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CEC's Half Billion Dollar Impact

Local News 17 May, 2022 Follow News

CEC's Half Billion Dollar Impact

Cayman Enterprise City publishes Economic Impact Assessment by Marla Dukharan

Cayman Enterprise City (CEC) has publicly released its annual Economic Impact Assessment on the special economic zones (SEZs) development.

Written by Marla Dukharan, global economist and leading advisor on Caribbean region economic performance initiatives, the report assesses the economic and socioeconomic impact of the ever-growing CEC development project, demonstrating the project’s substantial impact on the Cayman Islands economy.

“The results from the 2021 Economic Impact report are a testament to the success of CEC as well as to the strength of the jurisdiction. CEC’s mission has always been to attract new knowledge-based industries to the Cayman Islands, to provide a world-class platform for innovative businesses to flourish, and to serve the needs of our community by helping to diversify our economy. Our community efforts include our continued investment to non-profit workforce initiative Enterprise Cayman, which is designed to help Caymanians and residents with access to high-quality learning experiences and opportunities to pursue careers in the technology and innovation sectors” said Charlie Kirkconnell, CEO of Cayman Enterprise City.

The independent assessment outlines the significant contributions the CEC development project has made to the Cayman Islands economy since its inception 10 years ago, as well as a look to future benefits for Caymanians, local industry, government, academia, and non-profit organisations.

CEC’s first 10 years of operations have had an economic impact of USD 662 million on the Cayman Islands economy. This includes the project’s direct impact and indirect impact, as well as government revenues. Importantly, the trajectory of CEC’s impact is on the rise with an estimated economic impact of USD 160 million in 2021, demonstrating that project continues to deliver on the vision of a diversified economy of the future that benefits all who live in the Cayman Islands.
Key finding in the report include:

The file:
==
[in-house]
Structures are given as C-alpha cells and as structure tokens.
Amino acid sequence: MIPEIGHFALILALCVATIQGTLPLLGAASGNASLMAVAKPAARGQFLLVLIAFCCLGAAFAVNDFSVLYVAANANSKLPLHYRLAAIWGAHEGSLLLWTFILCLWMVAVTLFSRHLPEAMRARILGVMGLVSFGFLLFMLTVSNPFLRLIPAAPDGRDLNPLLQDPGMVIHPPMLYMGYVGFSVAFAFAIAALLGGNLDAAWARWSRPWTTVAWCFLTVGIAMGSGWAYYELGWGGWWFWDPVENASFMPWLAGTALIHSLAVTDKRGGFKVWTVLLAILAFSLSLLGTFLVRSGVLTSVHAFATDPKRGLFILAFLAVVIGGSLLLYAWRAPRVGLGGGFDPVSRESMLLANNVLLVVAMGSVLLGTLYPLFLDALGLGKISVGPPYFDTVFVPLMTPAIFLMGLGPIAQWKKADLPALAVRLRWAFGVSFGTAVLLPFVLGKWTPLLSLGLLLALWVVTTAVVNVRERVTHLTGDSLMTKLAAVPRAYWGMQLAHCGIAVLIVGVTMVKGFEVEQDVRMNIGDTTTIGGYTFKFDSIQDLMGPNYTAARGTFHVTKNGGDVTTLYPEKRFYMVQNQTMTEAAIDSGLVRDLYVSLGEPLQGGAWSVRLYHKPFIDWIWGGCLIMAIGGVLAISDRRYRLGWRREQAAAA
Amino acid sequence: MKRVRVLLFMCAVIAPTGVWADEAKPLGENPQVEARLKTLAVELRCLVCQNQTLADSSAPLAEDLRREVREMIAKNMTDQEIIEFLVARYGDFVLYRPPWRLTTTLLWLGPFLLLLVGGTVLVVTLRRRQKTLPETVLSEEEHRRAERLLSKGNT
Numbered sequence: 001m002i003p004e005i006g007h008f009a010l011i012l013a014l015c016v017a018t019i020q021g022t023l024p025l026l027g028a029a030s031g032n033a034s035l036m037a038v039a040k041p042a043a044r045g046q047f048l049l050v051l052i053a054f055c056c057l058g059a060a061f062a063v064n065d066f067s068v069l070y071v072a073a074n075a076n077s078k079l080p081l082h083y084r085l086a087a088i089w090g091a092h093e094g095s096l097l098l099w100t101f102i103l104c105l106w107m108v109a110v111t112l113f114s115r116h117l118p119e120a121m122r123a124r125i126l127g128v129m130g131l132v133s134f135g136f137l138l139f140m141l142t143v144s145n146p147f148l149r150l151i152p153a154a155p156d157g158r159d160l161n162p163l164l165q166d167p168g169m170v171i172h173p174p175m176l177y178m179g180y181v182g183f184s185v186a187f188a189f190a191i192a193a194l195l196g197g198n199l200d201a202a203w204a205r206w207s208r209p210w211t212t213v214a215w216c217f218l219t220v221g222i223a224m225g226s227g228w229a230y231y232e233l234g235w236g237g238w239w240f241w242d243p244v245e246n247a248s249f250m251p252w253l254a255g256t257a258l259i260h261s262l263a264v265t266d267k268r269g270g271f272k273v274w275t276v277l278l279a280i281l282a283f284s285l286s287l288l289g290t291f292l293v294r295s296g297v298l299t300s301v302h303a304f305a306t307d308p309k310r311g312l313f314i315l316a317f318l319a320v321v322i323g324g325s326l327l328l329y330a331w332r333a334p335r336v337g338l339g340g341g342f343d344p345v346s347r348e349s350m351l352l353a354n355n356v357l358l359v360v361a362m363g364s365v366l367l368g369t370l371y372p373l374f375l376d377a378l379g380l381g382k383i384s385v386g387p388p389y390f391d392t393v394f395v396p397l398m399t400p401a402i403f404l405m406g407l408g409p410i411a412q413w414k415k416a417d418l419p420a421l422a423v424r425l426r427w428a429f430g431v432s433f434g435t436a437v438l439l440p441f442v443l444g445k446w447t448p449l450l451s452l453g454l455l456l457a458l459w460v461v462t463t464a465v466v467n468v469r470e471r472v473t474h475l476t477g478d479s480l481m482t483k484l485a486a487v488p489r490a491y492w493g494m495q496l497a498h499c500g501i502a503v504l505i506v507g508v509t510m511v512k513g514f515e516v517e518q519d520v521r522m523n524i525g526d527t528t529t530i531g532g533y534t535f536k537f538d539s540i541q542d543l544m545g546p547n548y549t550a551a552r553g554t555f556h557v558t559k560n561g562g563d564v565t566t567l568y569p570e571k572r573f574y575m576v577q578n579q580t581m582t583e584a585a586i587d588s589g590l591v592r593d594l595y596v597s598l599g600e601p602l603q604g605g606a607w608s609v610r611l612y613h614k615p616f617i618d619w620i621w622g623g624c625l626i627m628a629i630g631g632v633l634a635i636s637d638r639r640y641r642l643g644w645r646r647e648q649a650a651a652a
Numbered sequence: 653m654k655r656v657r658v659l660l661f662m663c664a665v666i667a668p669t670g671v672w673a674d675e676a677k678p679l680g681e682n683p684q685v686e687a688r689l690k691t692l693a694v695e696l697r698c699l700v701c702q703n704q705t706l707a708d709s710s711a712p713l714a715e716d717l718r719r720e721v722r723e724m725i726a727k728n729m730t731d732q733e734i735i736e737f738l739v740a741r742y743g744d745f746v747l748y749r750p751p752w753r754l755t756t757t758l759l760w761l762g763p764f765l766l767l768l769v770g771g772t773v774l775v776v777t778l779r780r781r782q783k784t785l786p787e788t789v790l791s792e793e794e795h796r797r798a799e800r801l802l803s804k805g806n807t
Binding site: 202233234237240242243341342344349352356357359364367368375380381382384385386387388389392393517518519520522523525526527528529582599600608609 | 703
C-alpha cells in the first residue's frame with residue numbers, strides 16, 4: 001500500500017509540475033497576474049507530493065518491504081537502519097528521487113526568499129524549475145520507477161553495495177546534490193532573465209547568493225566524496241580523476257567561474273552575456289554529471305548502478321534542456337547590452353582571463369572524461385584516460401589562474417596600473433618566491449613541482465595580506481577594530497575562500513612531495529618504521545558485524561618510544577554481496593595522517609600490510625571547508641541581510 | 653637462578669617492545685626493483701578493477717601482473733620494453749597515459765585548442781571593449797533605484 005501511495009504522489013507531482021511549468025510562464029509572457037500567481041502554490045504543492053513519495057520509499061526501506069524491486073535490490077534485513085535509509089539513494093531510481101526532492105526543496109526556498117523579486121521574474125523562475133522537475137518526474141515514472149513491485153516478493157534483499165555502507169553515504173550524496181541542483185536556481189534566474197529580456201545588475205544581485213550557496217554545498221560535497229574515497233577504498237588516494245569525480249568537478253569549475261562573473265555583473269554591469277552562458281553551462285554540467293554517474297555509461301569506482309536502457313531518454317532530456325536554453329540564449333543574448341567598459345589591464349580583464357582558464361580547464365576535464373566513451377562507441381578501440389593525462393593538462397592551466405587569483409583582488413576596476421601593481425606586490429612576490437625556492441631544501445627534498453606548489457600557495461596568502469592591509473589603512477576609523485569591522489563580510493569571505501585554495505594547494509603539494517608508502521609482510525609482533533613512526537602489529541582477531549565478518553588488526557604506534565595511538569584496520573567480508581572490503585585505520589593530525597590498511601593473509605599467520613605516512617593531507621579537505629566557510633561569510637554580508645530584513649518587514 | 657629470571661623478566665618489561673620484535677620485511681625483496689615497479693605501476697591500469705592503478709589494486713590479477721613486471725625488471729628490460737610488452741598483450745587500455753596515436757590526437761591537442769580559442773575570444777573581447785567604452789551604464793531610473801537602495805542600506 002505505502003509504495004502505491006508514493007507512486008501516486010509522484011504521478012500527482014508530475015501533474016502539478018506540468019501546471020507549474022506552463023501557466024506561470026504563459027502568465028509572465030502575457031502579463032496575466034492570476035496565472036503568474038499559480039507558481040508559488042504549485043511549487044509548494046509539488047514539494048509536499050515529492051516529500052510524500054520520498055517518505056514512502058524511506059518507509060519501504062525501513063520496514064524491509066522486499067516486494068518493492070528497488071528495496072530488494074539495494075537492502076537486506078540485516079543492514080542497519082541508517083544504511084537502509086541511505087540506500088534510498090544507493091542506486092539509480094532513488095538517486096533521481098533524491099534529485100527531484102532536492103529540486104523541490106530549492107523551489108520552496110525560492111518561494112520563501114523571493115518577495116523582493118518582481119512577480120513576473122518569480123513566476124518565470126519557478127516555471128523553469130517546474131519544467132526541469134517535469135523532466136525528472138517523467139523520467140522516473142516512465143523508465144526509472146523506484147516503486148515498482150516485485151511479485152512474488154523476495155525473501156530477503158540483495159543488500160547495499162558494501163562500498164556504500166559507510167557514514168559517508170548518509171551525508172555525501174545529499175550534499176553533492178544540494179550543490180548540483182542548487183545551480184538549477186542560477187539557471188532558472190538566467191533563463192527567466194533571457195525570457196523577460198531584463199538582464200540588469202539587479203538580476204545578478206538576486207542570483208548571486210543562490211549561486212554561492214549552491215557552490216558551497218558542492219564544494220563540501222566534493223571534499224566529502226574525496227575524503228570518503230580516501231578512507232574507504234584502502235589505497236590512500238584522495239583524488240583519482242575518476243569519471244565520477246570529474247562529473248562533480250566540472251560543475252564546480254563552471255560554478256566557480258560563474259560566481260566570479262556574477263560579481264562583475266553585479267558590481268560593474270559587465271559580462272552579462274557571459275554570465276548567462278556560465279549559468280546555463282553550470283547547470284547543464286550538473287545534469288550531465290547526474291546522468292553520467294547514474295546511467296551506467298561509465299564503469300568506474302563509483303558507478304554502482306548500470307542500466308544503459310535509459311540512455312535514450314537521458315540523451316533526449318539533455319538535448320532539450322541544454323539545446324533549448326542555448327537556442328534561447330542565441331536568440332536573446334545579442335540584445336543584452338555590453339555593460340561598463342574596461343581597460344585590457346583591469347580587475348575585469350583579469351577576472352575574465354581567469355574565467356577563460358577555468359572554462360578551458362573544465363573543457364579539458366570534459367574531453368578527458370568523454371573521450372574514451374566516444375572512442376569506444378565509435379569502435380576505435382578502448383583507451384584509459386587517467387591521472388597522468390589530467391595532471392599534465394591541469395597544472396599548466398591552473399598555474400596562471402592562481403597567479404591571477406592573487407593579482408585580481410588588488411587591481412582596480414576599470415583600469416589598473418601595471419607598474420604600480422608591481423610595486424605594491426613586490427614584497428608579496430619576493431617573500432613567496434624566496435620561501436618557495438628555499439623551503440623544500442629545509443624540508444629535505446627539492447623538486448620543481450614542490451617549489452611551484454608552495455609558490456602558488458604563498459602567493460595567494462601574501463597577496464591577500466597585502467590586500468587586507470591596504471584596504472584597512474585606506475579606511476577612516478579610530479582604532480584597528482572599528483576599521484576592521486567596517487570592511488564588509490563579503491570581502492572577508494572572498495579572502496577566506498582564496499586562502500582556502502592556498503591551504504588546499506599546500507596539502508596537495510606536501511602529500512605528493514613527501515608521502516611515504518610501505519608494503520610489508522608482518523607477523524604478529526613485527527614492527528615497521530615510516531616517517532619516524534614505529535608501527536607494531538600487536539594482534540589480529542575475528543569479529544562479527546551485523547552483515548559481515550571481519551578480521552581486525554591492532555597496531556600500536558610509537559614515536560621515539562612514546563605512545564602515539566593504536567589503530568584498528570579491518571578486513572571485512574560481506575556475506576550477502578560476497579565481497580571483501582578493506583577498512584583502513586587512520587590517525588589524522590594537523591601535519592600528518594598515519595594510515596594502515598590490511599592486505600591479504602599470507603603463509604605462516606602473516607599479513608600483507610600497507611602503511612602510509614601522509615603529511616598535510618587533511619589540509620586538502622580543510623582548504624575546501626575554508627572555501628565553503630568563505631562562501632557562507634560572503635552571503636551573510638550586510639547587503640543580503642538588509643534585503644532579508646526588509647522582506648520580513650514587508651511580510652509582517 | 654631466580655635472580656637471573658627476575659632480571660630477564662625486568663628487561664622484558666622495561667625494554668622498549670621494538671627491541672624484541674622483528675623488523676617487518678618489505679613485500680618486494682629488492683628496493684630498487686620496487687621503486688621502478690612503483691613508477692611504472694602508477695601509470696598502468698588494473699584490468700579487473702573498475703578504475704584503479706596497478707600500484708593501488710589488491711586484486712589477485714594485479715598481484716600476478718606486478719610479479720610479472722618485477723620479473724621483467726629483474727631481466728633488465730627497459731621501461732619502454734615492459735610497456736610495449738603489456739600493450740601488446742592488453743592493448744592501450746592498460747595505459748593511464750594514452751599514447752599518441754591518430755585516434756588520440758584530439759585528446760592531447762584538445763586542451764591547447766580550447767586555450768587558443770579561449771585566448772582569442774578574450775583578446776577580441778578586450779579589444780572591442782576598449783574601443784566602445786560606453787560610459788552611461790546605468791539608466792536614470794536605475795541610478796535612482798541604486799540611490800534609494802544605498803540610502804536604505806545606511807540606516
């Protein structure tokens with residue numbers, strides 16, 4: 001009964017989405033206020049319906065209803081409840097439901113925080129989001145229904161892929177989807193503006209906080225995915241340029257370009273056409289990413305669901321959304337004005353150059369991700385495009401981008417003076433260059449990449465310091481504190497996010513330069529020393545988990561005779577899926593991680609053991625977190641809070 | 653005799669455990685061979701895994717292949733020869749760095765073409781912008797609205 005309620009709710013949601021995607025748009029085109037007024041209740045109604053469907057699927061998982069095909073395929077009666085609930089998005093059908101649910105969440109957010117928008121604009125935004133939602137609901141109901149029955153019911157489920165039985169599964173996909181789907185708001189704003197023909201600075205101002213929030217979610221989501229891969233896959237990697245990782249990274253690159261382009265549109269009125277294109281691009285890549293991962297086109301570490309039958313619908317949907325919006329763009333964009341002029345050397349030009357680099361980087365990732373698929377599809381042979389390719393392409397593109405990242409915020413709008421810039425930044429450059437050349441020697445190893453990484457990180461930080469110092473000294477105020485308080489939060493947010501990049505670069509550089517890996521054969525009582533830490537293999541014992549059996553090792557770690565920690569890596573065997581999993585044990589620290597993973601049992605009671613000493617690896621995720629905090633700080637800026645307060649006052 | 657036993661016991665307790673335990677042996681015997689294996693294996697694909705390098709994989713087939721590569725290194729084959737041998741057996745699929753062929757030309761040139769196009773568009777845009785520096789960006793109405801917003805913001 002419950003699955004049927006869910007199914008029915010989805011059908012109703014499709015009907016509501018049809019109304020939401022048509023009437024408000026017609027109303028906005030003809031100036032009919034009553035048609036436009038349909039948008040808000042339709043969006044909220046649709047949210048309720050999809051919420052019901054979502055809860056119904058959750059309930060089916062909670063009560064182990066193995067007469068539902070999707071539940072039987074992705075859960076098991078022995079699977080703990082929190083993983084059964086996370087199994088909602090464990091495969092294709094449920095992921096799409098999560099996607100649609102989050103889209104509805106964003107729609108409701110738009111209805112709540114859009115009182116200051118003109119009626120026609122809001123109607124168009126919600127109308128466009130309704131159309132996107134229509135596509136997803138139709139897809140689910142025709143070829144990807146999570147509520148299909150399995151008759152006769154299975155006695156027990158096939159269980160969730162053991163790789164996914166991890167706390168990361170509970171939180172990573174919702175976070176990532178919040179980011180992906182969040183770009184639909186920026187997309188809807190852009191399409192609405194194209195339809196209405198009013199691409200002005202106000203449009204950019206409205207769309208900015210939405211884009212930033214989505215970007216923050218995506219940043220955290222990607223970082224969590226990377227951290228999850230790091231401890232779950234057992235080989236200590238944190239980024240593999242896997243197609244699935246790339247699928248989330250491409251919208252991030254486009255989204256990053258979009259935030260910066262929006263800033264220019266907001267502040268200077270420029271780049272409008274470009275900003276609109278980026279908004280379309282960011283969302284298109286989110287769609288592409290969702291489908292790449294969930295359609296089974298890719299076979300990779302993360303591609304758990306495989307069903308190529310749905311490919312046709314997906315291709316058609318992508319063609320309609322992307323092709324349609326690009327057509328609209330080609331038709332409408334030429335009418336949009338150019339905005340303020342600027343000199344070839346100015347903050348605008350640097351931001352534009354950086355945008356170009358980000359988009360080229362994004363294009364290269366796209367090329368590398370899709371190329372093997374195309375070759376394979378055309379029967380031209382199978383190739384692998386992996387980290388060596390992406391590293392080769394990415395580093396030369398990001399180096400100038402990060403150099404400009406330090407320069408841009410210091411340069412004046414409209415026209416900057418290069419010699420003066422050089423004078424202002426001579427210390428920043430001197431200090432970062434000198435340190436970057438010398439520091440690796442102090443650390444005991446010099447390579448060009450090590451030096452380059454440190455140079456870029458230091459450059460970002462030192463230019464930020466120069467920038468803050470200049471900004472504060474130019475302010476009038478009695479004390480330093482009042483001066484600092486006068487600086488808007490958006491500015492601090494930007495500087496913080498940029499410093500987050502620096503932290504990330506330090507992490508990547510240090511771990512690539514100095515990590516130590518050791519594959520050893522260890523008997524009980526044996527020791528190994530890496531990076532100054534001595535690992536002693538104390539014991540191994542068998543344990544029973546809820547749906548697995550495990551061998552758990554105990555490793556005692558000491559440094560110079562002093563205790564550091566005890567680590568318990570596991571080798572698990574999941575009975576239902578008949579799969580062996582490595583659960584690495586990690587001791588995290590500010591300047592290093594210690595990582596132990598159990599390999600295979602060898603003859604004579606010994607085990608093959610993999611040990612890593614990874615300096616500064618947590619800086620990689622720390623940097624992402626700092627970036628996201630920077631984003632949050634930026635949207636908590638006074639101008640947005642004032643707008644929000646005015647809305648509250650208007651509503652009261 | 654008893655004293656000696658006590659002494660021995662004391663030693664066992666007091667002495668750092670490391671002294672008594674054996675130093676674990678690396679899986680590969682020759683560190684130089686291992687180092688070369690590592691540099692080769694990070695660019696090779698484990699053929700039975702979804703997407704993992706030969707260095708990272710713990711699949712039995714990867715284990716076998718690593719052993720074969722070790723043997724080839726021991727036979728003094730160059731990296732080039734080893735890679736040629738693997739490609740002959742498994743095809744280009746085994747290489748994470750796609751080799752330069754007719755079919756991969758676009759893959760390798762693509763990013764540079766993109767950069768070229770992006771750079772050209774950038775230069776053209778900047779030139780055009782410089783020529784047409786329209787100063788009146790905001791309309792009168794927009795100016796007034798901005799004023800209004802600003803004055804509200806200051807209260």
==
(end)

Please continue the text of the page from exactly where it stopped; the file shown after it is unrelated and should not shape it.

A growing proportion of Caymanian workers at CEC Special Economic Zone companies, up 4% year on year, from 12% in 2020 to 16% in 2021. We anticipate this number growing significantly with CECs continued contributions to the education sector.

CEC spent USD 17 million on construction in from 2011-2021, creating a total economic impact of USD 44 million since inception, generating 172 jobs in the construction industry. 55 of these were generated in 2021 alone, with a further 95 expected to be created in 2022 as further construction ramps up.

The impact on government strategic policy goals has been substantial, with 255 students and adults benefitting from interactive workshops, mentorships, internships, and work placements throughout CEC in 2021. This knowledge transfer to the local community will prepare the local workforce for the industries of tomorrow.

Government revenues collected from CEC in 2021 amounted to USD 5.5 million, bringing the total lifetime gross (2011-2021) to USD 22.7 million. CEC continues to operate with zero capital outlays from government, while providing valuable insights to policymakers with the intent of supporting the development of future industries.

CEC directly supports 7 out of the 10 Broad Outcomes outlined by the government it its Strategic Policy Statement 2022/2023, notably the improvement of education to promote lifelong learning and greater economic mobility, and the provision of solutions to improve the well-being of Cayman’s people.

The report concludes that the Cayman Islands’ economy is set to dramatically benefit from the continued growth of CECs target industries, outpacing current industries that have failed to reach the levels of growth seen before the 2008 Financial Crisis. “CEC is allowing us to tap into growth that our mature, traditional industries have not seen in the recent past,” the report by Dukharan reads. “Since the Global Financial Crisis of 2008/2009, the only sector to have reached 10% GDP growth in the Cayman Islands was the Construction sector in 2019.” The report then goes on to lay out the expected growth rates of Industries of the Future, including a 39.7% growth rate in the Artificial Intelligence sector, and 24.6% growth in Smart Contracts to name a few.

“Cayman Enterprise City is 100% Caymanian owned and led, and this is something we should all be proud of,” said Kirkconnell. “Through transparent reporting, community building, and sustainable development initiatives, we aim to demonstrate our capacity as Caymanians to innovate and diversify our economic base, create resilience, offer immense value, and continue to distinguish our jurisdiction as a world-class hub for innovation.”

For more information about CEC visit www.caymanenterprisecity.com and to download a copy of the Economic Impact Assessment

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